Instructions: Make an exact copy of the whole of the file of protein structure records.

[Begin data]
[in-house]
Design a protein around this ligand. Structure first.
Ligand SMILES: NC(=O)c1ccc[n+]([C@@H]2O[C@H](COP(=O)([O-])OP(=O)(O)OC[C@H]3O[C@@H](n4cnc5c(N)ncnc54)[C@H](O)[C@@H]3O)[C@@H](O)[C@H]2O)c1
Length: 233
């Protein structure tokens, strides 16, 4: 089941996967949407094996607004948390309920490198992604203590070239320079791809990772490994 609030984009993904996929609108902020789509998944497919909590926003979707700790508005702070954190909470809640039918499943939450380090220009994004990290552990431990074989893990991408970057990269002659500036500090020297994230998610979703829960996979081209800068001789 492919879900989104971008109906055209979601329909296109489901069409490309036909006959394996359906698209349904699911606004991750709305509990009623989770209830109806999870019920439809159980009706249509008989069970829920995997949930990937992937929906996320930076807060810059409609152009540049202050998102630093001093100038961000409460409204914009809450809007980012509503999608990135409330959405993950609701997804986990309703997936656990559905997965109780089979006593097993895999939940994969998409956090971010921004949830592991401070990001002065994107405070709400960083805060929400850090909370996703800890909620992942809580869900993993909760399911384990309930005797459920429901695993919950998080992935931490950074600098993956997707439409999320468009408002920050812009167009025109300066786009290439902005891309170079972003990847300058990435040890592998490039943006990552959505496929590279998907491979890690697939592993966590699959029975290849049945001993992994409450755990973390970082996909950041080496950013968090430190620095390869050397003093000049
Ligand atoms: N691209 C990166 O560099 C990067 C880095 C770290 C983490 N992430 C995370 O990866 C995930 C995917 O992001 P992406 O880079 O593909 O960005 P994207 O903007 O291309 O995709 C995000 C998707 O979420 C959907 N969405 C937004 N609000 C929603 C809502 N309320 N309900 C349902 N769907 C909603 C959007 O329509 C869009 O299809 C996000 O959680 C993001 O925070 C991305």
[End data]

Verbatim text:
[in-house]
Design a protein around this ligand. Structure first.
Ligand SMILES: NC(=O)c1ccc[n+]([C@@H]2O[C@H](COP(=O)([O-])OP(=O)(O)OC[C@H]3O[C@@H](n4cnc5c(N)ncnc54)[C@H](O)[C@@H]3O)[C@@H](O)[C@H]2O)c1
Length: 233
């Protein structure tokens, strides 16, 4: 089941996967949407094996607004948390309920490198992604203590070239320079791809990772490994 609030984009993904996929609108902020789509998944497919909590926003979707700790508005702070954190909470809640039918499943939450380090220009994004990290552990431990074989893990991408970057990269002659500036500090020297994230998610979703829960996979081209800068001789 492919879900989104971008109906055209979601329909296109489901069409490309036909006959394996359906698209349904699911606004991750709305509990009623989770209830109806999870019920439809159980009706249509008989069970829920995997949930990937992937929906996320930076807060810059409609152009540049202050998102630093001093100038961000409460409204914009809450809007980012509503999608990135409330959405993950609701997804986990309703997936656990559905997965109780089979006593097993895999939940994969998409956090971010921004949830592991401070990001002065994107405070709400960083805060929400850090909370996703800890909620992942809580869900993993909760399911384990309930005797459920429901695993919950998080992935931490950074600098993956997707439409999320468009408002920050812009167009025109300066786009290439902005891309170079972003990847300058990435040890592998490039943006990552959505496929590279998907491979890690697939592993966590699959029975290849049945001993992994409450755990973390970082996909950041080496950013968090430190620095390869050397003093000049
Ligand atoms: N691209 C990166 O560099 C990067 C880095 C770290 C983490 N992430 C995370 O990866 C995930 C995917 O992001 P992406 O880079 O593909 O960005 P994207 O903007 O291309 O995709 C995000 C998707 O979420 C959907 N969405 C937004 N609000 C929603 C809502 N309320 N309900 C349902 N769907 C909603 C959007 O329509 C869009 O299809 C996000 O959680 C993001 O925070 C991305």